According to The New York Times, law enforcement officers kill about 1,000 people a year across the United States. Since the beginning of 2005, 121 officers have been arrested on charges of murder or manslaughter in on-duty killings, according to data compiled by Philip M. Stinson, a criminal justice professor at Bowling Green State University in Ohio. Of the 95 officers whose cases have concluded, 44 were convicted, but often of a lesser charge, he said.
Convictions include cases like the killing of Laquan
McDonald in Chicago, for which Jason Van Dyke was sentenced to nearly seven years in prison, and the killing of
Justine Damond in Minneapolis, for which Mohamed Noor was sentenced to 12.5 years.
Many officers who avoided criminal convictions have been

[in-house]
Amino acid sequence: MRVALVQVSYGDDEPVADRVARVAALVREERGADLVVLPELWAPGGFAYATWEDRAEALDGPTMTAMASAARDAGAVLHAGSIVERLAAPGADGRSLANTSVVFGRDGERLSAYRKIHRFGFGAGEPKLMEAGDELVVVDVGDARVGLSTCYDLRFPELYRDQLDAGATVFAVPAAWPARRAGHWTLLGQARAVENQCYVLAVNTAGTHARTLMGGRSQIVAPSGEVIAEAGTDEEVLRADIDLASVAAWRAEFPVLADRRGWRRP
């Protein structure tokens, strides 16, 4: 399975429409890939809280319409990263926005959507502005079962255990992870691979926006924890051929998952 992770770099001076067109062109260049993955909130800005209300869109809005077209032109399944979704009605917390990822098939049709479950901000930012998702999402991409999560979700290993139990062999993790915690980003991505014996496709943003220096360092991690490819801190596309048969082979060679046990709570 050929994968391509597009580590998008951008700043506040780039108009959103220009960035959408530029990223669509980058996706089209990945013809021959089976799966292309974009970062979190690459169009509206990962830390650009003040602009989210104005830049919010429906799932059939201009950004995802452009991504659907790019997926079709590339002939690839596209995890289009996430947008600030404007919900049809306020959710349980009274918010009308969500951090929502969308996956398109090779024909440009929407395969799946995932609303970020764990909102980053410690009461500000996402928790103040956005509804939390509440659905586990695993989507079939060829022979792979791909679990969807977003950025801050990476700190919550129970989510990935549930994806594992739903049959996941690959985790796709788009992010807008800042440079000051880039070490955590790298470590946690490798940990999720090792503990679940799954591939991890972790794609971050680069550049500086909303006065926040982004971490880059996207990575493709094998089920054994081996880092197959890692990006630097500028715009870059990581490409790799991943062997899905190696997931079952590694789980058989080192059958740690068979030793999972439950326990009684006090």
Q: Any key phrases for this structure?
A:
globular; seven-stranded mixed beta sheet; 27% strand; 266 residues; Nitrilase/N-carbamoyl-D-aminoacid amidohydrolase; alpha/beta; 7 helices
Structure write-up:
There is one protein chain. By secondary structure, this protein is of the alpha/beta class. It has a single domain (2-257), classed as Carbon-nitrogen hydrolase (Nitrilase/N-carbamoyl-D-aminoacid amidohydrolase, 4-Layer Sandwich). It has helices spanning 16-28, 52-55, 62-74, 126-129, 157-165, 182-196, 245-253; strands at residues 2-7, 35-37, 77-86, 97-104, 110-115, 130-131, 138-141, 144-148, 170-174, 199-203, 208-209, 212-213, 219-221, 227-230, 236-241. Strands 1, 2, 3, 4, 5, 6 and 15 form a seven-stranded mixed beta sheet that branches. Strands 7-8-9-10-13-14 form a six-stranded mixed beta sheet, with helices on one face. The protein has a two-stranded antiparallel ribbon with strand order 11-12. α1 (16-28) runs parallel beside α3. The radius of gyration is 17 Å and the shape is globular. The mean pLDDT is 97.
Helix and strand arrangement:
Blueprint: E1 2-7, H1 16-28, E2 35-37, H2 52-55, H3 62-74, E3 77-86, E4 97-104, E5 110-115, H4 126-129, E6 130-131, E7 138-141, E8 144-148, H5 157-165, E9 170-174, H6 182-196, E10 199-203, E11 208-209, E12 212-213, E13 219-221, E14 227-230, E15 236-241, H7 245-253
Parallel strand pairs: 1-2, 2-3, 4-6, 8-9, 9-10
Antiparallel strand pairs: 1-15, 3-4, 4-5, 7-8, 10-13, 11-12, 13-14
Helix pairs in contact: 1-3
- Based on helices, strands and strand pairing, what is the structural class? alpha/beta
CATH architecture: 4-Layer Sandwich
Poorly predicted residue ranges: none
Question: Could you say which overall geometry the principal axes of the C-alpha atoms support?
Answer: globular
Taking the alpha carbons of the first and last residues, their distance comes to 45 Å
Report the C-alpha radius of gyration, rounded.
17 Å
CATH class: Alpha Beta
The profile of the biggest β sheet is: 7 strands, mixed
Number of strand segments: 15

fired, like three of the other officers in the McDonald case, and Daniel
Pantaleo, who used a chokehold on Eric Garner on Staten Island.
More recently, officers involved in the deaths of Mr. Floyd
in Minneapolis and Rayshard Brooks in Atlanta have been swiftly indicted on
murder charges. Mr. Brooks’s case in particular appears to reflect changing
standards; because he grabbed and fired an officer’s Taser before he was
killed, several experts said they doubted charges would have been brought had
the death occurred before the wave of protests and police scrutiny that
followed Mr. Floyd’s death.
But two cases do not prove that prosecutors have grown more
willing — or have yielded to increased pressure — to hold officers criminally
accountable. Professor Stinson said any such uptick is so far statistically
insignificant. And several equally high-profile investigations of police
killings have resulted in no indictment.
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